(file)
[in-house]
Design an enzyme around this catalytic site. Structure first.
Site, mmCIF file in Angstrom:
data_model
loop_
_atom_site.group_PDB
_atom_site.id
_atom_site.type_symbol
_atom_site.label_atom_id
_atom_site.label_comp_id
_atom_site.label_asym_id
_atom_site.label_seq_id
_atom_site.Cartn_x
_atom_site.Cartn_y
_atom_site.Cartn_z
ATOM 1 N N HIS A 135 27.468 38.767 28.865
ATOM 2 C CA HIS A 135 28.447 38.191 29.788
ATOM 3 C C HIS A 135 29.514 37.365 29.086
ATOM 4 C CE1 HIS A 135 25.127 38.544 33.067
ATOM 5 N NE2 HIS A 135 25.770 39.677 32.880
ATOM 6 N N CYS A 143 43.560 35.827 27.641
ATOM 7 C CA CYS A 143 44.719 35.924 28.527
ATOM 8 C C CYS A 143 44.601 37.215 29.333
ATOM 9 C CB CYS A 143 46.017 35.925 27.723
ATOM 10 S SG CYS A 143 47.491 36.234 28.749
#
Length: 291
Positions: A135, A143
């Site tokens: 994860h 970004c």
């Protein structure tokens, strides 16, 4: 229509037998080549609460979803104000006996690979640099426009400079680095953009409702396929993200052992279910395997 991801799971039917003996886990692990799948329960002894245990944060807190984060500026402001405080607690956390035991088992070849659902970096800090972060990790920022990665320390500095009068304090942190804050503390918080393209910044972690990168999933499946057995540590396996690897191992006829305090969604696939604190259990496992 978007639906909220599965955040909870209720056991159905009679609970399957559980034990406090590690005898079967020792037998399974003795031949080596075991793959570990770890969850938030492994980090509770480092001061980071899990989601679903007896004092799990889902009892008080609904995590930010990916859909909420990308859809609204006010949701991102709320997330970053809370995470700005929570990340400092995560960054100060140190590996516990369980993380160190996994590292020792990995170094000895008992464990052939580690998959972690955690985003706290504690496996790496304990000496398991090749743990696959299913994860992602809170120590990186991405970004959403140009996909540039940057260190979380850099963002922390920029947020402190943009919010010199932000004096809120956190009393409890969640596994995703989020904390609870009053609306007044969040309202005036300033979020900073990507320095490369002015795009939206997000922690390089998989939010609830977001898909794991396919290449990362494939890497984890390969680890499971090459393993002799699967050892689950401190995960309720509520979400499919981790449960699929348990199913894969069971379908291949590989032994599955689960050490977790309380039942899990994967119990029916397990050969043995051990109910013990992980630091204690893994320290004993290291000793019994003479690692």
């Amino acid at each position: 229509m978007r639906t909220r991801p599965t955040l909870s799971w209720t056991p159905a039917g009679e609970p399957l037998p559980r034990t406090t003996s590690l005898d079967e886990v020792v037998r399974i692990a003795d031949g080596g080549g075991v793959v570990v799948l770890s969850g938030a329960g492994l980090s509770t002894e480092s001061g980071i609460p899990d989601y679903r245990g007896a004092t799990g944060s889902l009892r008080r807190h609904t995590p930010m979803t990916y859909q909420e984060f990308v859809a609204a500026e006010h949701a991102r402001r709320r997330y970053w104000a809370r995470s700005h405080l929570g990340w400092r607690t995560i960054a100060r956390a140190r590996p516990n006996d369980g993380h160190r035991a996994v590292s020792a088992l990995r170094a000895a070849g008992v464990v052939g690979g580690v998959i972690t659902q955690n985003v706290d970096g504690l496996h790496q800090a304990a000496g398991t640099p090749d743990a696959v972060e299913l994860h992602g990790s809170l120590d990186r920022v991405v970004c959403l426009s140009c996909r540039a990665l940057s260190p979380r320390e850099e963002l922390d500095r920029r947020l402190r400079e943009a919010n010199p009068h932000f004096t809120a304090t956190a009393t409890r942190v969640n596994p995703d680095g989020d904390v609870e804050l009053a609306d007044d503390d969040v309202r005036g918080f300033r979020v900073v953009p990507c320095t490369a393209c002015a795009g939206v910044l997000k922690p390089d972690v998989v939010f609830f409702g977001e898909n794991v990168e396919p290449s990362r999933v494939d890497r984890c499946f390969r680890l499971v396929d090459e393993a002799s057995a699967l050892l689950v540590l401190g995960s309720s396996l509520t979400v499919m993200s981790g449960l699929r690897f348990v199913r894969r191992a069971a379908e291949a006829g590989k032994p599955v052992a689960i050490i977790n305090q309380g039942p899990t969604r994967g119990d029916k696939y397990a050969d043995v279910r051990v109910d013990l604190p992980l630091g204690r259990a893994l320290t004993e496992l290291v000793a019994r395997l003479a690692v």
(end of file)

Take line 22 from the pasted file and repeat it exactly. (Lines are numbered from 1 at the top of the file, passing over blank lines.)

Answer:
ATOM 7 C CA CYS A 143 44.719 35.924 28.527